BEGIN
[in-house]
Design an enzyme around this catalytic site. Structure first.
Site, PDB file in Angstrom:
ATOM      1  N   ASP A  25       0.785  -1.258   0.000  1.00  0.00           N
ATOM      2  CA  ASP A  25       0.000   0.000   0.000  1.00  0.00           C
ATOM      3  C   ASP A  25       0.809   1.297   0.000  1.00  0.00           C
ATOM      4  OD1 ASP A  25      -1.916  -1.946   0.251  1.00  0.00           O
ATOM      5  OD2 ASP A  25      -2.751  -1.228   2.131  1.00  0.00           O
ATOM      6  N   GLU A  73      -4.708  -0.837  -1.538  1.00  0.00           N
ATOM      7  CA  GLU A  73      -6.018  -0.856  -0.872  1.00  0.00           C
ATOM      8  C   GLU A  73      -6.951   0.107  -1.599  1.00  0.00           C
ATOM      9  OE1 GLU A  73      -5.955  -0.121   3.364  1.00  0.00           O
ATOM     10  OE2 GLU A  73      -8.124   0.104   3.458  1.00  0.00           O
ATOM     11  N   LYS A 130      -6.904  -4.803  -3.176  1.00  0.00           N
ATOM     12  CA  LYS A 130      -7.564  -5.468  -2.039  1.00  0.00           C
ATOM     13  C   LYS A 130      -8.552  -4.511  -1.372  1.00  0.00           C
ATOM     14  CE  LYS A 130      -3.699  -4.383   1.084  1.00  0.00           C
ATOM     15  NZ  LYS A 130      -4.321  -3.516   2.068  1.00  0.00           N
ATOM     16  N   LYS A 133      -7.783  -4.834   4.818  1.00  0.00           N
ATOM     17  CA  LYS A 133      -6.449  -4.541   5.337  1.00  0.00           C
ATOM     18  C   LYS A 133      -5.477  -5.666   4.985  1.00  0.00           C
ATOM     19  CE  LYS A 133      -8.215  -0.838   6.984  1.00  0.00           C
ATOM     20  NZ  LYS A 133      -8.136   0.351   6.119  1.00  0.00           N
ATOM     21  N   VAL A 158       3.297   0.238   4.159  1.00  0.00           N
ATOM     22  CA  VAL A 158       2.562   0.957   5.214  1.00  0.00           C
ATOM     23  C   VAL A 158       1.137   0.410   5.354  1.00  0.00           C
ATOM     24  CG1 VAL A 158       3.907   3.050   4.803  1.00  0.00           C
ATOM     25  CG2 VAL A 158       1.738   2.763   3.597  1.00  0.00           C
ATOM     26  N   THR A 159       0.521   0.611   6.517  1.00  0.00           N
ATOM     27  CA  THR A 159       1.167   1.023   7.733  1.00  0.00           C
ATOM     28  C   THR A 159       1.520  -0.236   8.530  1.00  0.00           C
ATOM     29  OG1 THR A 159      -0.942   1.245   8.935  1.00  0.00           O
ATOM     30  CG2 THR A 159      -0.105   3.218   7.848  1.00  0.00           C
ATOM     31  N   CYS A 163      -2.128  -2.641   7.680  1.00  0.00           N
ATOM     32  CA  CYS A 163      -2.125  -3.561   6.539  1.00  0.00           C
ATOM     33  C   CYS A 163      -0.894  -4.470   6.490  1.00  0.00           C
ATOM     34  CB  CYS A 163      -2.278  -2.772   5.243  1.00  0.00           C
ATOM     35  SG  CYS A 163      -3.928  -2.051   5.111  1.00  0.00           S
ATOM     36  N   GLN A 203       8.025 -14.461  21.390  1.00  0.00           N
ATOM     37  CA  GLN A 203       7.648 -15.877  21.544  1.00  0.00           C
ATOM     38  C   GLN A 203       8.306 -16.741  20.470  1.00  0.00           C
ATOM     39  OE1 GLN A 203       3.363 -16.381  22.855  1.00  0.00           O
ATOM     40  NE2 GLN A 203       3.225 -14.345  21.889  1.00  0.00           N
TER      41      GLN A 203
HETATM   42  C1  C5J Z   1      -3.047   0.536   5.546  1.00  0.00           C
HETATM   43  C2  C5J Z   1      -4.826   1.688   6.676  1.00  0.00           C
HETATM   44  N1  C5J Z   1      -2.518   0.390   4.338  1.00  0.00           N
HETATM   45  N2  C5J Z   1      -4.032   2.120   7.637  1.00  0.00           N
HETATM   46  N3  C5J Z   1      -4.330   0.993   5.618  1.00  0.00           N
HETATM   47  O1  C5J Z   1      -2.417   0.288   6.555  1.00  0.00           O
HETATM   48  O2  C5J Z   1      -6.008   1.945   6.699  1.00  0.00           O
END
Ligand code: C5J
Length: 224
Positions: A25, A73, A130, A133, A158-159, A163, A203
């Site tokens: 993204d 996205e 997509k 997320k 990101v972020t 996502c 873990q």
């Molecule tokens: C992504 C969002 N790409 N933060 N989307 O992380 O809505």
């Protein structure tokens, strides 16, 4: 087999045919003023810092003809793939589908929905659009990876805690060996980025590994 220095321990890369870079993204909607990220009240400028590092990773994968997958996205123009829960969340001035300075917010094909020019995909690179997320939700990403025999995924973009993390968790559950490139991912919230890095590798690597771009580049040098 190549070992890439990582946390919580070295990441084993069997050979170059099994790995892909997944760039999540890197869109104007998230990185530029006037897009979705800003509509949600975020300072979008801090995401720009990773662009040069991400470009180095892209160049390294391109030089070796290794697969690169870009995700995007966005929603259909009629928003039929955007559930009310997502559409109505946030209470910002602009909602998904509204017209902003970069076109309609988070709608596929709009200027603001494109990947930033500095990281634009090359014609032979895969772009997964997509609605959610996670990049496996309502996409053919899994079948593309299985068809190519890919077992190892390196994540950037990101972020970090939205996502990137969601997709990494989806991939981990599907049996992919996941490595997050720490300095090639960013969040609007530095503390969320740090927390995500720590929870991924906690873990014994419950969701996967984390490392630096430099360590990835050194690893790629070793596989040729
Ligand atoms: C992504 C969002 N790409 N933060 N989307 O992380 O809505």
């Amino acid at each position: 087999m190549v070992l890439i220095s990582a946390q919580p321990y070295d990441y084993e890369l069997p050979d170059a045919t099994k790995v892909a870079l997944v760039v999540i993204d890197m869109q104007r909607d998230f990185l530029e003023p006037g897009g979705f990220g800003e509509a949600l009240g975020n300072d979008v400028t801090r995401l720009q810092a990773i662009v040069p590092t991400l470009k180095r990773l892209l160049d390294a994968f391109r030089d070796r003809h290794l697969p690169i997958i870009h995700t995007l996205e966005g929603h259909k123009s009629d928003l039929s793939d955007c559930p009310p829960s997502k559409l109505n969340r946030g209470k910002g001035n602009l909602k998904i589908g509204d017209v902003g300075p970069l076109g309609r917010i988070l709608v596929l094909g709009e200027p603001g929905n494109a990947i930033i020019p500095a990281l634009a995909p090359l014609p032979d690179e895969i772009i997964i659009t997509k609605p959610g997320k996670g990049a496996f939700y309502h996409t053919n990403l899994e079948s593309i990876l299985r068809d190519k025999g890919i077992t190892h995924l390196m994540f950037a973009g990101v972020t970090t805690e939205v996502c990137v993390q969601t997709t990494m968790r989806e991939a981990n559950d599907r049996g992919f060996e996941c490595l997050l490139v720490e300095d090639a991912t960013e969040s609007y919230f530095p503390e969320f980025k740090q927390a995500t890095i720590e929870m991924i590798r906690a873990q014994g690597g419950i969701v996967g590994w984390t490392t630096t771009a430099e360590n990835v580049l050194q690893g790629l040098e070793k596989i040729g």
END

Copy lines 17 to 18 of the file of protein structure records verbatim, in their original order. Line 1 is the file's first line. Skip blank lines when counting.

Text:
ATOM     14  CE  LYS A 130      -3.699  -4.383   1.084  1.00  0.00           C
ATOM     15  NZ  LYS A 130      -4.321  -3.516   2.068  1.00  0.00           N